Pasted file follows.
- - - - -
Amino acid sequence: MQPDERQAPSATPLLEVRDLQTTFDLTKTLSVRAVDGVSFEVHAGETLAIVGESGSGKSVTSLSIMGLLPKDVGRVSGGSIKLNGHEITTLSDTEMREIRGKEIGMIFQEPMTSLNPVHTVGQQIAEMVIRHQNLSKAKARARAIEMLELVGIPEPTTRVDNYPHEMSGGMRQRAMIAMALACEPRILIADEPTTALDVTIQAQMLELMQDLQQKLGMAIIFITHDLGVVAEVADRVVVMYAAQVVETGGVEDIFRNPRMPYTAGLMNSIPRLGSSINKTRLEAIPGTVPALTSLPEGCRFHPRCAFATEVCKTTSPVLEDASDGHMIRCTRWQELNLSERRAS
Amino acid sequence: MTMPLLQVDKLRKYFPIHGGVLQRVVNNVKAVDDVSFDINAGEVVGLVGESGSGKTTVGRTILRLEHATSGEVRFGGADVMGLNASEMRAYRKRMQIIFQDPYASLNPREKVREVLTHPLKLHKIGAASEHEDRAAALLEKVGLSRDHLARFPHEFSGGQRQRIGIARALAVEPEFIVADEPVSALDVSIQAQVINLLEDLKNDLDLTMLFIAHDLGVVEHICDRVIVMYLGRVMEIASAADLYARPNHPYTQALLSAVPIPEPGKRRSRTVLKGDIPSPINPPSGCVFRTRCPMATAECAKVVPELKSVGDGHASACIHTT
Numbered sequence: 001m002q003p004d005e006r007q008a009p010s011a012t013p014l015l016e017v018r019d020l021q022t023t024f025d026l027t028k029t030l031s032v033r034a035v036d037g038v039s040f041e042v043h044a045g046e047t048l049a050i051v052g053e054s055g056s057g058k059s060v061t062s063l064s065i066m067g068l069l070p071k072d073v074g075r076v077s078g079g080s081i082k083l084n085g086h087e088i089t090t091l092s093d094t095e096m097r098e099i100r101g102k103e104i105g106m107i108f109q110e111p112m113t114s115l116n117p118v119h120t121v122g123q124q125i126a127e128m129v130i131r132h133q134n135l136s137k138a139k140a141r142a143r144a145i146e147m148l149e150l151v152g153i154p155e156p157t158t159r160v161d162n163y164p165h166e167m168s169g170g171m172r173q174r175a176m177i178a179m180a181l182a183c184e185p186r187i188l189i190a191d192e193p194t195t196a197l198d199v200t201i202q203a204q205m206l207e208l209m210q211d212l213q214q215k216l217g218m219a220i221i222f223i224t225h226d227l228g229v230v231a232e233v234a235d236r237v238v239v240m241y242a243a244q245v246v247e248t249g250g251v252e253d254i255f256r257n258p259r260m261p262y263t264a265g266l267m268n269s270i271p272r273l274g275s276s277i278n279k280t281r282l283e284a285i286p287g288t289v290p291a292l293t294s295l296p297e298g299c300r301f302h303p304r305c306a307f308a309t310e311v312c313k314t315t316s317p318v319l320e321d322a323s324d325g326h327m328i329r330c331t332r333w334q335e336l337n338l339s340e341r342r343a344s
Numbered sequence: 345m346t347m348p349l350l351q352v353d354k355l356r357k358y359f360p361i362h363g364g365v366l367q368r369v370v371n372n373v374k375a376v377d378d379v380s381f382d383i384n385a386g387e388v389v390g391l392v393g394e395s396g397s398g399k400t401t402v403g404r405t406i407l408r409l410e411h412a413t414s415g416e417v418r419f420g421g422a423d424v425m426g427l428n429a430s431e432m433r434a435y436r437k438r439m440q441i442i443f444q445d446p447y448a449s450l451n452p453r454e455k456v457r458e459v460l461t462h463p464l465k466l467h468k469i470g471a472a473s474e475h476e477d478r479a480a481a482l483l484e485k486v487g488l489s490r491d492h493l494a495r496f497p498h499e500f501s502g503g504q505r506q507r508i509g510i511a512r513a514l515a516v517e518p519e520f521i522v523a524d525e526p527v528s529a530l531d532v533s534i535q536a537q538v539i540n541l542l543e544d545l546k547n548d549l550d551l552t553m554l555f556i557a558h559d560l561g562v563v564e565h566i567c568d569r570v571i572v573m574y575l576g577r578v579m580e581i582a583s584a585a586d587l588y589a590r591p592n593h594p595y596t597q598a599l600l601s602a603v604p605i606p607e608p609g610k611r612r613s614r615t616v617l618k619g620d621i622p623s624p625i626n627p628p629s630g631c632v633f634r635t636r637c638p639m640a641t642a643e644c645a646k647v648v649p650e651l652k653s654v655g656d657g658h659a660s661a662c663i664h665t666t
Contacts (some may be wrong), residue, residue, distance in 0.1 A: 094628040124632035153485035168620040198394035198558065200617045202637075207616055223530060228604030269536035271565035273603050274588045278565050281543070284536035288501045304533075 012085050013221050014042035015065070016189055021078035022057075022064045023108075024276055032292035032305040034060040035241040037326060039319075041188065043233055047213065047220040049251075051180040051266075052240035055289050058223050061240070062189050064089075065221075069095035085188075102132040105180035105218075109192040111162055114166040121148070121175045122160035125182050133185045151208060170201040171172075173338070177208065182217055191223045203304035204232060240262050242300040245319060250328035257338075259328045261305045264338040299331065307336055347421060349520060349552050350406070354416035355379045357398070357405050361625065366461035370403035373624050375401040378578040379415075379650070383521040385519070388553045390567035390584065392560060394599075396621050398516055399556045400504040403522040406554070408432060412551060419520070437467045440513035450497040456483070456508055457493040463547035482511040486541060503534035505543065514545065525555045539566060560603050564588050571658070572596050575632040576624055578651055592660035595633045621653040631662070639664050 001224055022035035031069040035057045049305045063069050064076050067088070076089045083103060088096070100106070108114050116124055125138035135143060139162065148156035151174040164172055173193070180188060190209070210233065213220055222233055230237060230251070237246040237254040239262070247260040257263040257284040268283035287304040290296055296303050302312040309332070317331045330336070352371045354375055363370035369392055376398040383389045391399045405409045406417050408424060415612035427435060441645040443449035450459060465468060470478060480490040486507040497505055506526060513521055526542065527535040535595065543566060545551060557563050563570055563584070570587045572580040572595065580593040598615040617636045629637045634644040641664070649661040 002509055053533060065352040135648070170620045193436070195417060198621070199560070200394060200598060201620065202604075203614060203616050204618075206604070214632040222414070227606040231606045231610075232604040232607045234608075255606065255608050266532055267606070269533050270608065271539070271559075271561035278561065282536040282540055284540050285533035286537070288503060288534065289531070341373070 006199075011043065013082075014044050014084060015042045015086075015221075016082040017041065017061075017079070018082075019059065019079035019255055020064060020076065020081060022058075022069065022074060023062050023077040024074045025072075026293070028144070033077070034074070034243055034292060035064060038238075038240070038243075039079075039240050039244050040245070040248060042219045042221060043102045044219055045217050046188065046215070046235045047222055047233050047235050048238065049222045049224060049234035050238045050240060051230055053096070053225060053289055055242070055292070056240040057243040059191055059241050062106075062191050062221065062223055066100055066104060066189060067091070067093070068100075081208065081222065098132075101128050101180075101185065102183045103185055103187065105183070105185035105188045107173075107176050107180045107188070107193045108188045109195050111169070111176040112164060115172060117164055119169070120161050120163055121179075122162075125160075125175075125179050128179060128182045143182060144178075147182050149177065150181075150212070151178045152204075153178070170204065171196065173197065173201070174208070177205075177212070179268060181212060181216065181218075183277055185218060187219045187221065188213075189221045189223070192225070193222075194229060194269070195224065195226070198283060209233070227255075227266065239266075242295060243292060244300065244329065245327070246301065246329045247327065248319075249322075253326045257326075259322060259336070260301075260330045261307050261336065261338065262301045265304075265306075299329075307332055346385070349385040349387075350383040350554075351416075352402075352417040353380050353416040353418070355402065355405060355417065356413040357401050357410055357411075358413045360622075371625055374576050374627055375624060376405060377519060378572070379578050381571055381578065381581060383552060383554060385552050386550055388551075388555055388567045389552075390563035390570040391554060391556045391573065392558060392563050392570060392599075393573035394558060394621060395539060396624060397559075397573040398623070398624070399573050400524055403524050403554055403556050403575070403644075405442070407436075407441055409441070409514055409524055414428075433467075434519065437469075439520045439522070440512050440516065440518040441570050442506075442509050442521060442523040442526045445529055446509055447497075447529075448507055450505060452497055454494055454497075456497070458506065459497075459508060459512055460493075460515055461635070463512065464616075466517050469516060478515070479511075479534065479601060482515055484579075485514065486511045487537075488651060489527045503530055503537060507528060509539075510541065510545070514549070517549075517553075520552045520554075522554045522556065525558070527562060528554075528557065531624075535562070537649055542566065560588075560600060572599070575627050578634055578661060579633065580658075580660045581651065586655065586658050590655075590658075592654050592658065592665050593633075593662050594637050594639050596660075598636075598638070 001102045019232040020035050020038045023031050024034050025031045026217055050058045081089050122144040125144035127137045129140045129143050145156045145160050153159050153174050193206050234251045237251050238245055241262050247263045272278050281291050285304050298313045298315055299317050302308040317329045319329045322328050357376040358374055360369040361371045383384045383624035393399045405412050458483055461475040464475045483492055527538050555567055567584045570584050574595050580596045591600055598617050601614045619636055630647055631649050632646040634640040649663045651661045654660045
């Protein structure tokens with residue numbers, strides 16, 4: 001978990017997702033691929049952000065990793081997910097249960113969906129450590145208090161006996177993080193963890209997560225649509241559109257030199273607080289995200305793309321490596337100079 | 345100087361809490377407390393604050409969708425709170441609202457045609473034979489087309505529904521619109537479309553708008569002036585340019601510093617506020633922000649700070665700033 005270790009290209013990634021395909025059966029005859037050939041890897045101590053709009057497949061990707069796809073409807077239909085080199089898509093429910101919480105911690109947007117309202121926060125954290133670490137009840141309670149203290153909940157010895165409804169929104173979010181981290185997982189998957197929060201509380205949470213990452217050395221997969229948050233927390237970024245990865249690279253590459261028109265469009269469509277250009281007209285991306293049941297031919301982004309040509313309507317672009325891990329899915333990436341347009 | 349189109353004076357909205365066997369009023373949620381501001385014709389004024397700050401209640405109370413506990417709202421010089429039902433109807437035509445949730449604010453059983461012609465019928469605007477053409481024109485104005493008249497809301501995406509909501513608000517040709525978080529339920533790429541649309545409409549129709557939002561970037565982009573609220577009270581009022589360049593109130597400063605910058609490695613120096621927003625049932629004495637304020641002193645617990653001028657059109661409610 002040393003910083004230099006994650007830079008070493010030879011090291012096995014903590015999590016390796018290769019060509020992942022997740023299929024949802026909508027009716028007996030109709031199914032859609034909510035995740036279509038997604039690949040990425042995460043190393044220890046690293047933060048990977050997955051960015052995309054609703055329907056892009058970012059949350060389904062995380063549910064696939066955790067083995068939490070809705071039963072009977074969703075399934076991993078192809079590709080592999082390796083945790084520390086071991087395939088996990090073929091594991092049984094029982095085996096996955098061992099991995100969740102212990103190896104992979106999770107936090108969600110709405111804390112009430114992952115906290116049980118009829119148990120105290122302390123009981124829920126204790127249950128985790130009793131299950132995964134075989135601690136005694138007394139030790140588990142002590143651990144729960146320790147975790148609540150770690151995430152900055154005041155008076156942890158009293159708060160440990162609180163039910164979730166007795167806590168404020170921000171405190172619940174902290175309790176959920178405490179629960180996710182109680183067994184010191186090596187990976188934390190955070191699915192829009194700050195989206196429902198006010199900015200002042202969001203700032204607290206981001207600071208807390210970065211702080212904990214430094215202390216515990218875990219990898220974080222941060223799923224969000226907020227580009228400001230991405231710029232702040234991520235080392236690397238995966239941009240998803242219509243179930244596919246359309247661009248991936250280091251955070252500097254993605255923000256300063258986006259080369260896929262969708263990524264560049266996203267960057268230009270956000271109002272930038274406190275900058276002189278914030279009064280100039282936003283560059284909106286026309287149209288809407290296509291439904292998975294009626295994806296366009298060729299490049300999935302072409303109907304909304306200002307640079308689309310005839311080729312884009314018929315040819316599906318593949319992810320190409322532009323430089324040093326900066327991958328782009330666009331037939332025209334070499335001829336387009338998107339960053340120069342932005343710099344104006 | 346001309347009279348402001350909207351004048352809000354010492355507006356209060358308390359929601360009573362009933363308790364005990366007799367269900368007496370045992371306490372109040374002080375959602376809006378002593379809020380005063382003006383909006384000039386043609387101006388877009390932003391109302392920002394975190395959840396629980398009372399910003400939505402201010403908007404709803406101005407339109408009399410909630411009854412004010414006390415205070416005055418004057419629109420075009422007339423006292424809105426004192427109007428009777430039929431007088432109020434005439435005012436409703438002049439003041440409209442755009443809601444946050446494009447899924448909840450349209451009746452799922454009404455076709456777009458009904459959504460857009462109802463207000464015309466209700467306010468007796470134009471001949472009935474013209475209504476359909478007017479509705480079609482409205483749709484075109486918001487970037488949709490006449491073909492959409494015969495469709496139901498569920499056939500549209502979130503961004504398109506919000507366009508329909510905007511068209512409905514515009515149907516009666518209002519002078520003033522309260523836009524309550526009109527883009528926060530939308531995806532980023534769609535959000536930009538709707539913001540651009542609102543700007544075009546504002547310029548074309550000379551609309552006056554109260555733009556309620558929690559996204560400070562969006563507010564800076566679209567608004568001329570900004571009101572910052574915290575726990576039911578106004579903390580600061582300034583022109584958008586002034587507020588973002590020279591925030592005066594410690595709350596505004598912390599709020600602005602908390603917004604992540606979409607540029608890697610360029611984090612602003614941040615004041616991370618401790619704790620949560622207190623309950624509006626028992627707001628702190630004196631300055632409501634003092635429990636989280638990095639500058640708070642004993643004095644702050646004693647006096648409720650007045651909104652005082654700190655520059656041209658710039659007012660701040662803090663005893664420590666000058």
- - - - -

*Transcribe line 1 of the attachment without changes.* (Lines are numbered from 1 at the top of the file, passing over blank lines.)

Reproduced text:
Amino acid sequence: MQPDERQAPSATPLLEVRDLQTTFDLTKTLSVRAVDGVSFEVHAGETLAIVGESGSGKSVTSLSIMGLLPKDVGRVSGGSIKLNGHEITTLSDTEMREIRGKEIGMIFQEPMTSLNPVHTVGQQIAEMVIRHQNLSKAKARARAIEMLELVGIPEPTTRVDNYPHEMSGGMRQRAMIAMALACEPRILIADEPTTALDVTIQAQMLELMQDLQQKLGMAIIFITHDLGVVAEVADRVVVMYAAQVVETGGVEDIFRNPRMPYTAGLMNSIPRLGSSINKTRLEAIPGTVPALTSLPEGCRFHPRCAFATEVCKTTSPVLEDASDGHMIRCTRWQELNLSERRAS